Persian Longhair Cat
Persian has the characteristics of a round face and short muzzle. This cat comes from the highlands of Iran. Recognized by the cat fancy since the late 19th century, it was first developed by the Home, and then mainly by American Breeders after the Second World War. In Britain, it is Called the Longhair or Persian Longhair.
Persian cats have a cobby body and a strong, long Persian coat and dense. Persian eyes large and very expressive, low and rounded ears, nose height and create the effect of face "smushy". Cat's head is round and has a short snout.
Although the Persians have a high price and need maintenance treatments every day, this is more than offset by the personality, but her hair can be a nightmare to maintain, sometimes growing to 3 inches long!. The nature of the Persian cat is calm and understated, so is suitable for toy and carried it everywhere. Cats are the most popular type in the United States for many years but its popularity has seen a decrease in the UK and France.
persian cat origin
In general, it is not clear when the long-haired cats first appeared, because there are no African Wildcats, in the 19th century that the genes responsible for long hair was introduced through hybridization with Pallas cat, but research in the early 20th century has denied this theory. The first documented ancestors of the Persians imported from Khorasan, Persian into Italy in 1620 by Pietro della Valle, and from Angora (now Ankara), Turkey into France by Nicholas-Claude Fabri de Peiresc at around the same time. Khorasan coated gray cat, while the white Angora. From France, they soon reached Britain. Long-haired cats are also imported to Europe from Afghanistan, Burma, China and Russia. Mating of various types of common especially between Angoras and Persians.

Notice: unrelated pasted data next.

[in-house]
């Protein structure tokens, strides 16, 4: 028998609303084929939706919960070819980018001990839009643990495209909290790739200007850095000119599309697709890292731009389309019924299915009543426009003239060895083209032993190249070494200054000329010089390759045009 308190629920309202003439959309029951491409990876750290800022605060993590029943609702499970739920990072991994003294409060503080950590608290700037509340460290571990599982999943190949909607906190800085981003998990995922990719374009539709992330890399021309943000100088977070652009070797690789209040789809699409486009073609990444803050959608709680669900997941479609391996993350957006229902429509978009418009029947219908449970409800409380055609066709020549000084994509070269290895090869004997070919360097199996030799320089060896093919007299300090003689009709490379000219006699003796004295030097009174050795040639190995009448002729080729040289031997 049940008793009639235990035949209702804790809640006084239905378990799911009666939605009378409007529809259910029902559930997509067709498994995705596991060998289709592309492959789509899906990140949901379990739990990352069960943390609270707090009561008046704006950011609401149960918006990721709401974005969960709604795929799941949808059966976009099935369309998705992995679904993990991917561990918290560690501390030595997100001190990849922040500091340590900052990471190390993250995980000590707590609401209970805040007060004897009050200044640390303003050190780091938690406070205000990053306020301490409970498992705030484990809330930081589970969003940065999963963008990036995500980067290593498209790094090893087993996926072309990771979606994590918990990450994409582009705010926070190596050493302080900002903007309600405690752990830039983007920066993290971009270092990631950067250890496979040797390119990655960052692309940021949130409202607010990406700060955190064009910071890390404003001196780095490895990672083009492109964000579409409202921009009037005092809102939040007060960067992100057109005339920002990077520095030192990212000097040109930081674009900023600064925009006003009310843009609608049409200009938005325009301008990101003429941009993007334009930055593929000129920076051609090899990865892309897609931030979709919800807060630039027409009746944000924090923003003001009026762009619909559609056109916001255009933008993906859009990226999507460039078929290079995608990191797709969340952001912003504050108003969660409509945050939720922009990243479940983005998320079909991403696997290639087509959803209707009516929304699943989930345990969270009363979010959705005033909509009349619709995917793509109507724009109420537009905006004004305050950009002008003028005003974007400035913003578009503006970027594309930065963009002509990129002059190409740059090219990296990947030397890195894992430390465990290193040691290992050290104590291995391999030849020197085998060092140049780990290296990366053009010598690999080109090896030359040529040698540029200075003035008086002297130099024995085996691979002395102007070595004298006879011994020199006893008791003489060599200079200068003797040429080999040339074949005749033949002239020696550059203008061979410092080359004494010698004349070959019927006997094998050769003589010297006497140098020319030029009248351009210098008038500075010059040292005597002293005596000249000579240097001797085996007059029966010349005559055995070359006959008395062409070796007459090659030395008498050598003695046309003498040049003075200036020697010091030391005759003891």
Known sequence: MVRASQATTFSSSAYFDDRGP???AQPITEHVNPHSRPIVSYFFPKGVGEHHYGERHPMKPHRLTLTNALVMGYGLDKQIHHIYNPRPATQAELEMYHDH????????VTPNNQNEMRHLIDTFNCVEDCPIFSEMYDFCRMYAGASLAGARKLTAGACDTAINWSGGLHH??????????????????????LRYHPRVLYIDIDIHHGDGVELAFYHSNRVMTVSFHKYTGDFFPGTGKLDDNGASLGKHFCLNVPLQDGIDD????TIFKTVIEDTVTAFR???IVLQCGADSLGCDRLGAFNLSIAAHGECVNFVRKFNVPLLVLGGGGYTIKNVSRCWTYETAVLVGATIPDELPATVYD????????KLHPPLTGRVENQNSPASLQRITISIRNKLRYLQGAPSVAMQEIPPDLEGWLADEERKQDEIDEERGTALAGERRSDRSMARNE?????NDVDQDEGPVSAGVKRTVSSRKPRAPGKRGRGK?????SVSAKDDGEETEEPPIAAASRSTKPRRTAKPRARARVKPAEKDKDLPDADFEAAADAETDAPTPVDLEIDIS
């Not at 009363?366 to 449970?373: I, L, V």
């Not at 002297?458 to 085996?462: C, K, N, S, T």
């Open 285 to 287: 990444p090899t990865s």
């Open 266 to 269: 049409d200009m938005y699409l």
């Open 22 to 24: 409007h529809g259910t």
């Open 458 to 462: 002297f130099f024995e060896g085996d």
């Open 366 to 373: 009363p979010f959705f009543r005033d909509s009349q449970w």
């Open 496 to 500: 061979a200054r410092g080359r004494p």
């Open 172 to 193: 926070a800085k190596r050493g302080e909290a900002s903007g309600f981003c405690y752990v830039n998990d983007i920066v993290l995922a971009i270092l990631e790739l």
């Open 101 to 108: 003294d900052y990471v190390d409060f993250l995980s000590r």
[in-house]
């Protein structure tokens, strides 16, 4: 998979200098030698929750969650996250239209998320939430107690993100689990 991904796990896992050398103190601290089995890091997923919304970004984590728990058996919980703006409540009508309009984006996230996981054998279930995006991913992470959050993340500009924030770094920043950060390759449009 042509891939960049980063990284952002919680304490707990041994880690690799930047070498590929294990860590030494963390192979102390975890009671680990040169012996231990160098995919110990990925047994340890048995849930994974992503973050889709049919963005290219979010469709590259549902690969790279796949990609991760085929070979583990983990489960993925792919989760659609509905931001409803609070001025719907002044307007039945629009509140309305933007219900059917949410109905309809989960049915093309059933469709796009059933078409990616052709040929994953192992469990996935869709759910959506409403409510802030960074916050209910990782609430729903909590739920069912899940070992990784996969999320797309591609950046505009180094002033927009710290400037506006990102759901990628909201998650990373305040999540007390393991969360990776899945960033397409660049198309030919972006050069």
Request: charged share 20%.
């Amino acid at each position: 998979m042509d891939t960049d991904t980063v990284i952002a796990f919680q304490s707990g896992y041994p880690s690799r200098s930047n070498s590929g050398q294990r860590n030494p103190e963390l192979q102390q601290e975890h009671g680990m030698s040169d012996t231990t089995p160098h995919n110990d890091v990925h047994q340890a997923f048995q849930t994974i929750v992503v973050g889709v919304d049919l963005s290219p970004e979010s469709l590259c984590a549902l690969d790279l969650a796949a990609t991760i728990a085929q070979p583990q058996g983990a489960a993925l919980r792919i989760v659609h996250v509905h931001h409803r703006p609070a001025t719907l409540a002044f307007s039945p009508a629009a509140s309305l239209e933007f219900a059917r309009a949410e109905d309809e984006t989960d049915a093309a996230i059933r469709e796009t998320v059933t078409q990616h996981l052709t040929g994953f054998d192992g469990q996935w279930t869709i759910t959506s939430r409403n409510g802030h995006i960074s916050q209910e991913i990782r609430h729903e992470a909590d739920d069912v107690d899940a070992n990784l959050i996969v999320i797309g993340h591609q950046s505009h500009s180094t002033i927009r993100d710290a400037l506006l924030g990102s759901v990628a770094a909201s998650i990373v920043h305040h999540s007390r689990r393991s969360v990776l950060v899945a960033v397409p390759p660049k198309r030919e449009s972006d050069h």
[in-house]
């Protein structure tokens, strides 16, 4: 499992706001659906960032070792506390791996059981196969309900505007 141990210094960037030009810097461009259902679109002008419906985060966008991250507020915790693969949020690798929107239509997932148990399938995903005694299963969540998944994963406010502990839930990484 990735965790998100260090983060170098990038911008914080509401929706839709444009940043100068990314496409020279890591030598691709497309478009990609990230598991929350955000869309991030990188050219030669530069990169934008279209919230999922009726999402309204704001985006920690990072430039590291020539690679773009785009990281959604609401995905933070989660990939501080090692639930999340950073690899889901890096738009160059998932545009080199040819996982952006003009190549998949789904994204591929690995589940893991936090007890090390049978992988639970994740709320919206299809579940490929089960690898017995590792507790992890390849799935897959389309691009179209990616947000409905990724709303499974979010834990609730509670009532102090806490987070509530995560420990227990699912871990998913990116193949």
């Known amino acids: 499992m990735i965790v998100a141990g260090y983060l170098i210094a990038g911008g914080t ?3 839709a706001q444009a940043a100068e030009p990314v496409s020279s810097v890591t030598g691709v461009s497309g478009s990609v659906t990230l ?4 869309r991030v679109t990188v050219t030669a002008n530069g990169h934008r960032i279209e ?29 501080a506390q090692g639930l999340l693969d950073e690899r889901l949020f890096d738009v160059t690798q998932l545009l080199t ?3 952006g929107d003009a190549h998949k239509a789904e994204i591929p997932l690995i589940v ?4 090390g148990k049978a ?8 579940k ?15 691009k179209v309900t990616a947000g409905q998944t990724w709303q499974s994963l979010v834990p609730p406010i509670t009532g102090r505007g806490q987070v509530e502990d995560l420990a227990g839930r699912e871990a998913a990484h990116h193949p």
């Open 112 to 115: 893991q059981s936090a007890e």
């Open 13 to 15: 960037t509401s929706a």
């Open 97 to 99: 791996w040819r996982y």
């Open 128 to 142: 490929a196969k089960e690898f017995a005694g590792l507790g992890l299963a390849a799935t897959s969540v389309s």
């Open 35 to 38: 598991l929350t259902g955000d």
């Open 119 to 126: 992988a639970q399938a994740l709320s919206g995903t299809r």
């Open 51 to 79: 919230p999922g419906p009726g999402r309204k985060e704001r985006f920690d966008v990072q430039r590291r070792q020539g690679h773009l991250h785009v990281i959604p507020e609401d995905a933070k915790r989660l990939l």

The latest genetic research indicates that the current Persian-related cats from the Near East is not but for cats from Western Europe. The researchers stated that "Despite the early Persian cats may actually come from ancient Persian, modern Persian cat has lost its signature phylogeographical
Pet insurance data from Sweden puts the median lifespan of Persians at just above 12.5 years. The modern brachycephalic Persian has a large rounded skull and shortened face and nose. This facial conformation makes the breed prone to breathing difficulties, skin and eye problems and birthing difficulties. Anatomical abnormalities associated with brachycephalic breeds can cause shortness of breath. Malformed tear ducts causes epiphora, an overflow of tears onto the face, which is common but primarily cosmetic. It can be caused by other more serious conditions though. Entropion, the inward folding of the eyelids, causes the eyelashes to rub against the cornea, and can lead to tearing, pain, infection and cornea damage. Similarly, in upper eyelid trichiasis or nasal fold trichiasis, eyelashes/hair from the eyelid and hair from the nose fold near the eye grow in a way which rubs against the cornea. Dystocia, an abnormal or difficult labor, is relatively common in Persians. Consequently, stillbirth rate is higher than normal, ranging from 16.1% to 22.1%, and one 1973 study puts kitten mortality rate (including stillborns) at 29.2%. A veterinary study in 2010 documented the serious health problems caused by the brachycephalic head.